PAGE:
Barbarians At The Gaetz

To let some (most?) Republicans tell it, Americans stay up at night fretting over the deficit and the national debt. You know the narratives. Out-of-control spending presages financial ruin. 330 million men, women and children are set to drown in a river of red ink and any survivors will be crushed under a mountainous pile of IOUs made out to Xi Jinping. That's all nonsense, of course, but I gave up litigating it a long time ago. People pushing those campfire stories either have a political ag

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19 thoughts on “Barbarians At The Gaetz

  1. I’d also like to add its what we get for profit based media. Why does Bloomberg even entertain Gaetz? Why did CNN relentlessly cover Trump?

    Because of eyeballs and clicks we amplify the worst ‘leaders’

  2. Liberty is what we all want I think, left and right, but it makes sense to have guardrails that protect the public. Deciding the details of those guardrails is where the tension is and populist politicians exploit that tension. If the US gradually becomes perceived as somewhat politically dysfunctional that could align with increasingly negative fiscal outlooks and start a long negative process for our country. We need someone or something to bridge the divisions we have built up before the damage changes our trajectory and becomes irreversible.

  3. H-Man, it does appear that Gaetz is more focused on producing chaos rather than order. He should be careful about his wish list while he is being mentored by Bannon who revels in chaos.

    1. Gaetz clearly won’t be careful about anything except drawing attention to himself, and tossing verbal garbage to succeed in his goal.

  4. Why would Gaetz address an issue voters don’t care about? Perhaps its because by the time the masses start to care, its too late to do anything about it.

    1. The idea that a guy like Matt cares genuinely about fiscal discipline is, in my opinion, wholly laughable. I was extremely diplomatic in this article. Anyone who’s been around these parts for, say, five years knows there was a time when I would’ve castigated these recent Beltway shenanigans by the GOP in very caustic terms. I’m not someone who has much patience for far-right politics, and I have even less patience for charlatans. Over the years, I’ve learned there’s little utility in employing a harsh tone to make the point, though. Bottom line: If you’re the type of person who’d buy a steak from “Trump Steaks” or pay for a “degree” from “Trump U” or loan anybody with the last name “Trump” some money, you’re also the type of person who thinks Matt Gaetz cares about the deficit. Good luck out there. You’re going to need it.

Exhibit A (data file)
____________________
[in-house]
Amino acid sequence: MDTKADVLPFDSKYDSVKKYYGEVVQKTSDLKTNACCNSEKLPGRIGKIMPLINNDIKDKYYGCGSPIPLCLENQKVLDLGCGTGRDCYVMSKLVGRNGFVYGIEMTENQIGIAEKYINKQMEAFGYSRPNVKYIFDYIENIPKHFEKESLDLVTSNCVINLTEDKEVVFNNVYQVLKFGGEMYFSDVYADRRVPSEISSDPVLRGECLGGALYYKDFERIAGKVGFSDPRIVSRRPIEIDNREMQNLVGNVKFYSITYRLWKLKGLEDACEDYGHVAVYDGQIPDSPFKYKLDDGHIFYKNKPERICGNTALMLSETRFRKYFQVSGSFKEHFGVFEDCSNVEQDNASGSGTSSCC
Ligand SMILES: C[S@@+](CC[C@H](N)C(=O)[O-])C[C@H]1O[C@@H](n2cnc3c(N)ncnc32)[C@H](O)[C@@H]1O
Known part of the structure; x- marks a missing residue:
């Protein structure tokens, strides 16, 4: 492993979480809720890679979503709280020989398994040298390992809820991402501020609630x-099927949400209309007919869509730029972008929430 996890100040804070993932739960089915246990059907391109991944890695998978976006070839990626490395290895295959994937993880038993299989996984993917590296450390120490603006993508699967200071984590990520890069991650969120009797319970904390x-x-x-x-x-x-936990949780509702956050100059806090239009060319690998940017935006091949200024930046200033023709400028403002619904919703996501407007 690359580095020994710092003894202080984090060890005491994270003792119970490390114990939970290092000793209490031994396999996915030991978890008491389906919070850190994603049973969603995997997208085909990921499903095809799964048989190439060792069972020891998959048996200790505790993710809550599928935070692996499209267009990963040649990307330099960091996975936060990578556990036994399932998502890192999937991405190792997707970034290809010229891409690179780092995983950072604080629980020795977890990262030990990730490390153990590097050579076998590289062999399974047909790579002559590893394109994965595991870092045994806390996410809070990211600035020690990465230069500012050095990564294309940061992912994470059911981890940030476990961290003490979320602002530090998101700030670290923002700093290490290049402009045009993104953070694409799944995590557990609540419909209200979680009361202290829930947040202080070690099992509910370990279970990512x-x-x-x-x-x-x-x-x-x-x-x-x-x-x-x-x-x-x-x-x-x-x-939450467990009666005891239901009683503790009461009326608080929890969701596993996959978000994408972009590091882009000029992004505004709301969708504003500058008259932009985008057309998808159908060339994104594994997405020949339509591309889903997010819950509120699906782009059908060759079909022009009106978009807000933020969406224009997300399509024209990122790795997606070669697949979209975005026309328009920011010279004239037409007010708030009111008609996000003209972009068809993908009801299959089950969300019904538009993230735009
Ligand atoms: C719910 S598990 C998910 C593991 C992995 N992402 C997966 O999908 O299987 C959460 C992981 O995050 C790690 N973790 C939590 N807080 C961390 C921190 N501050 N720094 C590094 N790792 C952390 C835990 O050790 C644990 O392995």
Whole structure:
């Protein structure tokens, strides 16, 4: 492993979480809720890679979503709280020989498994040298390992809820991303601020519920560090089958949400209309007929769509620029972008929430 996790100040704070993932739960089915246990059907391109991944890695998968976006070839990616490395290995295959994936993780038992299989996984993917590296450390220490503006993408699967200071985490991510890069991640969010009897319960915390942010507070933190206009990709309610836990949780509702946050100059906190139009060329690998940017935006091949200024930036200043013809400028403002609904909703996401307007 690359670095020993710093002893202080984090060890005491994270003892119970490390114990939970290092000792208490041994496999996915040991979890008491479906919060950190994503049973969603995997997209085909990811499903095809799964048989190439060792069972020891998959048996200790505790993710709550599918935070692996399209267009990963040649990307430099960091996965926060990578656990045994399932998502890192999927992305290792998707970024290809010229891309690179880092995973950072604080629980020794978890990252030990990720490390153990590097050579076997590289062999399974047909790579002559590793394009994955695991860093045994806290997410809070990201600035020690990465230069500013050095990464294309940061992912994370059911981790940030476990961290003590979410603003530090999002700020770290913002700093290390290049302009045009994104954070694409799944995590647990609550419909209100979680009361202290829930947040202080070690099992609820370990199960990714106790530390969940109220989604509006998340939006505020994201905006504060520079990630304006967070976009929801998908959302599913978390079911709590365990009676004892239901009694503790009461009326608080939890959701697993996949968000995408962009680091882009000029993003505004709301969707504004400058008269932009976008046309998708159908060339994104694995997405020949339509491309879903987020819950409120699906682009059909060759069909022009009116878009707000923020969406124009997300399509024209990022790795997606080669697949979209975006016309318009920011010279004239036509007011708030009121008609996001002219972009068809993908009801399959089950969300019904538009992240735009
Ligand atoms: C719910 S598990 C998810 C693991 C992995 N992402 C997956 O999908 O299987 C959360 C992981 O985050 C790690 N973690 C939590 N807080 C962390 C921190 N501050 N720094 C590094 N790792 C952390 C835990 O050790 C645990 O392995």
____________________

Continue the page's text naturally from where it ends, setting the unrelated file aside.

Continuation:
1. I know you’ve written plenty about it as have many others, but I still can’t wrap my head around the idea that people can’t see through the Trump or Gaetz charade. I’d hazard a guess that all of us have encountered grifters like them in our work or personal lives and it’s not hard to pick them out, but clearly I’m wrong since people keep getting grifted by guys like them. I suppose someday I’ll get got (or maybe I already have been), but I’d hope whoever or whatever gets me is a lot more formidable than someone like Trump or Gaetz.

        1. I know. You can look at Gaetz and tell. It’s written all over his face. If I were trying to get my car tags renewed and he were manning one the windows at the DMV, I’d let someone go ahead of me and wait for another window to open up. There are, in my opinion, four kinds of people vis-a-vis the American far-right: 1) people who hear the dog whistling and actually support the underlying messages (i.e., your NASCAR-types) 2) people attracted to the veneer of libertarianism but who don’t actually know anything about libertarianism and don’t understand the social contract, 3) people who can’t accept that they were gullible enough to go for it in 2016, and have chosen to persist in a fantasy world rather than come to terms with the awful reality of it, 4) people who’d sooner see the Capitol burn than they would accept the fact that American society is becoming more secular, less religious, less white and less conservative than it was. Ironically (and sadly), I’m compelled to be more forgiving towards types 1) and 4), because at least there’s an underlying honesty there as opposed to an unwillingness to learn with type 2, and witting denial with type 3).